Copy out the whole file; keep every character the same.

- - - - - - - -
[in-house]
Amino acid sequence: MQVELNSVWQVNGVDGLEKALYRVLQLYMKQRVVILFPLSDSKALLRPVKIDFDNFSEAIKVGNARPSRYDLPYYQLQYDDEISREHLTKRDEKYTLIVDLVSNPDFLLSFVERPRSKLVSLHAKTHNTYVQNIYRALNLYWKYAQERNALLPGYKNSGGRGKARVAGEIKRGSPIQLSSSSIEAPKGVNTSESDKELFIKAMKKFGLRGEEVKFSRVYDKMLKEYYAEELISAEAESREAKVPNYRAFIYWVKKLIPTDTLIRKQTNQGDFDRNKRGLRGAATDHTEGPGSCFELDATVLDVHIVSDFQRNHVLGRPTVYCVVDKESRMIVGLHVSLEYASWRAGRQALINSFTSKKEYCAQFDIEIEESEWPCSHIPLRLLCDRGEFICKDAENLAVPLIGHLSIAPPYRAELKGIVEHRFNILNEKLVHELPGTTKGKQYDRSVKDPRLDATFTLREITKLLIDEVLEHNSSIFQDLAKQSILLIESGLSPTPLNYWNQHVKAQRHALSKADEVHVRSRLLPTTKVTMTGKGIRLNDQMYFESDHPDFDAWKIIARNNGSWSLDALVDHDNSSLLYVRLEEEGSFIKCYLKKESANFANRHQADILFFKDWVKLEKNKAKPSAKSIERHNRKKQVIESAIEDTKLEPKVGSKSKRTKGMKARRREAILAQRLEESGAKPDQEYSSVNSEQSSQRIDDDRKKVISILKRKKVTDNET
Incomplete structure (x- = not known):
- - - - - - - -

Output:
[in-house]
Amino acid sequence: MQVELNSVWQVNGVDGLEKALYRVLQLYMKQRVVILFPLSDSKALLRPVKIDFDNFSEAIKVGNARPSRYDLPYYQLQYDDEISREHLTKRDEKYTLIVDLVSNPDFLLSFVERPRSKLVSLHAKTHNTYVQNIYRALNLYWKYAQERNALLPGYKNSGGRGKARVAGEIKRGSPIQLSSSSIEAPKGVNTSESDKELFIKAMKKFGLRGEEVKFSRVYDKMLKEYYAEELISAEAESREAKVPNYRAFIYWVKKLIPTDTLIRKQTNQGDFDRNKRGLRGAATDHTEGPGSCFELDATVLDVHIVSDFQRNHVLGRPTVYCVVDKESRMIVGLHVSLEYASWRAGRQALINSFTSKKEYCAQFDIEIEESEWPCSHIPLRLLCDRGEFICKDAENLAVPLIGHLSIAPPYRAELKGIVEHRFNILNEKLVHELPGTTKGKQYDRSVKDPRLDATFTLREITKLLIDEVLEHNSSIFQDLAKQSILLIESGLSPTPLNYWNQHVKAQRHALSKADEVHVRSRLLPTTKVTMTGKGIRLNDQMYFESDHPDFDAWKIIARNNGSWSLDALVDHDNSSLLYVRLEEEGSFIKCYLKKESANFANRHQADILFFKDWVKLEKNKAKPSAKSIERHNRKKQVIESAIEDTKLEPKVGSKSKRTKGMKARRREAILAQRLEESGAKPDQEYSSVNSEQSSQRIDDDRKKVISILKRKKVTDNET
Incomplete structure (x- = not known):